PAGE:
South San Francisco in the 1950's

Grand Avenue
1950s Grand Avenue near Eucalyptus

The mid 20th century was a time of suburban development, prosperity, and growth. Housing and schools mushroomed along the El Camino Real, west of the old town center. The town was still one of industry. Steel mills, meat packing plants, and paint factories continued their production, but the stockyards were used less and less.

Industrial Change
South San Francisco as an "industrial city" began to change. Heavy industry slowly gave way to light industry and distributing firms using nearby San Francisco Airport to import their goods. Industrial Acres Business Park was built in 1953. Airport Industrial Park was completed in 1957. Utah Construction Co. built South San Francisco Industrial Park (1958-61) on former marshlands. Starlite and Lindenville Industrial Parks (1958) developed on the sites of wartime housing projects near South Linden and Spruce Avenues. Person, Swanson, and Bothin Industrial tracts (near Lowrie Avenue) were being planned in the late 1950s. By 1958 South San Francisco had 170 industrial plants. Stuart Manufacturing, Sun Tube Corp., Sees Candy, and Ray Winther Co. arrived during that decade. Anchor Drug, Poletti Realty, Plaza Furniture, Ben Franklin Store, and F.D. Minucciani all opened businesses on Grand Avenue.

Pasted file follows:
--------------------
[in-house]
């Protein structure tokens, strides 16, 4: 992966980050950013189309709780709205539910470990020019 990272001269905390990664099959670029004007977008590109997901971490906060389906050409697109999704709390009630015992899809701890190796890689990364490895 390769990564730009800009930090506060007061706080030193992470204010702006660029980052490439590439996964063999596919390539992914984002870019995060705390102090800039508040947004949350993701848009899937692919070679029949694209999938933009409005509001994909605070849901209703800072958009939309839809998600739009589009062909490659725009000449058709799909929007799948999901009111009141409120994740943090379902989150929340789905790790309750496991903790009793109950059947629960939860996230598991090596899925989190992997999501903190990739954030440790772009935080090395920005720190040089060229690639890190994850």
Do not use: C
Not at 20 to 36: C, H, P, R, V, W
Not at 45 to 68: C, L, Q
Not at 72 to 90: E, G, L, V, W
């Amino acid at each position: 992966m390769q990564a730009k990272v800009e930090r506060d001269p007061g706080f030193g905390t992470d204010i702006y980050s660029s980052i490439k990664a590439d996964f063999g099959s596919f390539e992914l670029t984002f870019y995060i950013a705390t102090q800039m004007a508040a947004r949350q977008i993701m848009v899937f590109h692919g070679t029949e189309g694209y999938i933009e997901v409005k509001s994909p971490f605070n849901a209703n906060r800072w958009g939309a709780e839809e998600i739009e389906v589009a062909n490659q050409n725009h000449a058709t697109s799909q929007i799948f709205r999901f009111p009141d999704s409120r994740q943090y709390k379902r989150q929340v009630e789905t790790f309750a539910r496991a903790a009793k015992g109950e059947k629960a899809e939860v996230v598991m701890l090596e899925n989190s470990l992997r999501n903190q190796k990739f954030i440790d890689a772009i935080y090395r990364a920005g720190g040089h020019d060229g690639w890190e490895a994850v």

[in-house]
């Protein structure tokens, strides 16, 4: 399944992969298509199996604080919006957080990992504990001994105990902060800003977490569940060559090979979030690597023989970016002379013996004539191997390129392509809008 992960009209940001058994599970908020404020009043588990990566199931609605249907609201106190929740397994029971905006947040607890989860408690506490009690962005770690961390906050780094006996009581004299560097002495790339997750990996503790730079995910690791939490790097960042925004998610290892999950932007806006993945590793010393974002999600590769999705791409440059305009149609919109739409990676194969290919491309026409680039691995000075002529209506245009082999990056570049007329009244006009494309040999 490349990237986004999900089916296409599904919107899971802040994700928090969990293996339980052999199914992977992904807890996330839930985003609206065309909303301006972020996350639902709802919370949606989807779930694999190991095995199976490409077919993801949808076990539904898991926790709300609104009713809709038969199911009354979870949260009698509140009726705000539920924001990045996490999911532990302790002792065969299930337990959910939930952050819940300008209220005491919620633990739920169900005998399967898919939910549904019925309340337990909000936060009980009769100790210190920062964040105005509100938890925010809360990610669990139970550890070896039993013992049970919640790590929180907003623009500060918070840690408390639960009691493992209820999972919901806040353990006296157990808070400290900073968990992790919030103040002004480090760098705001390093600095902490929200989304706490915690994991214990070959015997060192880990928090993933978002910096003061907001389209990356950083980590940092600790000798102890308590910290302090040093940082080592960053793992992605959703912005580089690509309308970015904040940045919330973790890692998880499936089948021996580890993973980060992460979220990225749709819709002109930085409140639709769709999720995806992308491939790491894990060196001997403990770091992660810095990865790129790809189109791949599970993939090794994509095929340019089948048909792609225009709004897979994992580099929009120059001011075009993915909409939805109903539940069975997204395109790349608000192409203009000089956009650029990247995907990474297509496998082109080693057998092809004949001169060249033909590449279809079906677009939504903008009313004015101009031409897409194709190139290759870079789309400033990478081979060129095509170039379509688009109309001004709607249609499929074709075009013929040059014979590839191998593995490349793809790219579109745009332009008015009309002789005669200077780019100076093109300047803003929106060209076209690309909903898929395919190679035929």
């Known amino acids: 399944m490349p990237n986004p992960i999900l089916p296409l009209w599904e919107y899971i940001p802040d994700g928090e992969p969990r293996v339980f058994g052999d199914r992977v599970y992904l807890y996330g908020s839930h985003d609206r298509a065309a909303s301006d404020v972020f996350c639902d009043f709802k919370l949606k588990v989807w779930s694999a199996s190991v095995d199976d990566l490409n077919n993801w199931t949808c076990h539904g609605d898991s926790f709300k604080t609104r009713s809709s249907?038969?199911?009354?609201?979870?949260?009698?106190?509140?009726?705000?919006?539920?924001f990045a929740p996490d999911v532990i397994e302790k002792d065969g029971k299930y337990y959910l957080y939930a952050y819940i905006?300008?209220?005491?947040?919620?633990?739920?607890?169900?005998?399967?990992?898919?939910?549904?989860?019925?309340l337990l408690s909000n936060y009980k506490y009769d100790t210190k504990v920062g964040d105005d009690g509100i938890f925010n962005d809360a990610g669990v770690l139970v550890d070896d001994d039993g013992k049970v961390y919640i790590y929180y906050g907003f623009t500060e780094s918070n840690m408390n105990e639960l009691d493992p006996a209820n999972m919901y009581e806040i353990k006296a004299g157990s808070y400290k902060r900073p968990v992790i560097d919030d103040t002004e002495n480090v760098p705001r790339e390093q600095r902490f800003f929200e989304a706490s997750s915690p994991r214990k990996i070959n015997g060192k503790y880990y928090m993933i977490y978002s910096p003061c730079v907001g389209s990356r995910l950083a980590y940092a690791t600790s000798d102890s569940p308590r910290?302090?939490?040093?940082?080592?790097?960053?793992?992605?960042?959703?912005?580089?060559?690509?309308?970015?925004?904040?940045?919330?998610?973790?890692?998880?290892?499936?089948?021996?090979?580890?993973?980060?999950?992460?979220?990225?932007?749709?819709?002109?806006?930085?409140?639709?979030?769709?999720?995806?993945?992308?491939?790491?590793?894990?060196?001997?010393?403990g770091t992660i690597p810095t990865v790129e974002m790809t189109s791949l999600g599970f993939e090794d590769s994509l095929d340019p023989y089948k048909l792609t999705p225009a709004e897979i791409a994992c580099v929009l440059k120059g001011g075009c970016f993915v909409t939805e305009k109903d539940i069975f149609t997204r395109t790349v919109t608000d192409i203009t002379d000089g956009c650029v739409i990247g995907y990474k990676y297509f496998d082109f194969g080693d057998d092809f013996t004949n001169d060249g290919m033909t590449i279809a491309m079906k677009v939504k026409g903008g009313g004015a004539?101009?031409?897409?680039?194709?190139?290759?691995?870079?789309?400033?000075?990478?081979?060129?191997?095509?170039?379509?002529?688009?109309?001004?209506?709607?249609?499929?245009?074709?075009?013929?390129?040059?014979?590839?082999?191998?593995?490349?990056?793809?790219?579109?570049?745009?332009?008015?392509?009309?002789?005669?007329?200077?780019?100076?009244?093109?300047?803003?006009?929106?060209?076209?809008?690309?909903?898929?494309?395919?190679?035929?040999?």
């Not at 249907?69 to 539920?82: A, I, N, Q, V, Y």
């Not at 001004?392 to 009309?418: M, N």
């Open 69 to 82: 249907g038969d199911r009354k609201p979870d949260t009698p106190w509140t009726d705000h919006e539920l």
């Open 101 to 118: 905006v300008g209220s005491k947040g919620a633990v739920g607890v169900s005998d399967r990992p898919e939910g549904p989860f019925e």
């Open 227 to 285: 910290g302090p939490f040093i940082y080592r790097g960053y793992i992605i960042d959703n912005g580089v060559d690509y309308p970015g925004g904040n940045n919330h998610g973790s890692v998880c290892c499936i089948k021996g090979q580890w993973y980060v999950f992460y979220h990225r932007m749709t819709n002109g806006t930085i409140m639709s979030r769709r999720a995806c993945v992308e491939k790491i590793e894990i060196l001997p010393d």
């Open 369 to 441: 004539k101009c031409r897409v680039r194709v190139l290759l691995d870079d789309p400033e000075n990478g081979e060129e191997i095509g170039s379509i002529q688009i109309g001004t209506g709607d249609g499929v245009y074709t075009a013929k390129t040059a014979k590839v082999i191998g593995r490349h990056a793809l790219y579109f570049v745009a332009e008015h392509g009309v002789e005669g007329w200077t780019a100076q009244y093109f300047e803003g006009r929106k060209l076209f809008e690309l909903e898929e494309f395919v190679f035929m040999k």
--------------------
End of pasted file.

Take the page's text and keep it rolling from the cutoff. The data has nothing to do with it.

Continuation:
Housing Developments
Because of housing shortages for the families of returning war vets, large scale migration to California, and urban flight from the cities, suburban housing developments were built here in the late forties and fifties. Avalon Park (occupied 1954-55), Avalon Pines (1957-60), Buri Buri (1947-57), Country Club Manor (1956), Daly Subdivision (1951), Loma Linda Terrace (1956-57), Mayfair Village (1950-56), Park Avenue Heights (1956-57), Park Haven (1954-57), Parkway Terrace (1948-56), Pecks Heights (1955), Serra Highlands (1955-56), Sterling Manor (1950-51), Sterling Terrace (1949-51), Southwood (1950), Strawther (1952), Sunshine Gardens (1953-57), Viewmont Terrace (1957), Westview Terrace (1953-55), and Winston Manor (1951-54) were all developed during that period. Spruce Avenue was extended across former marshland to connect to El Camino Real.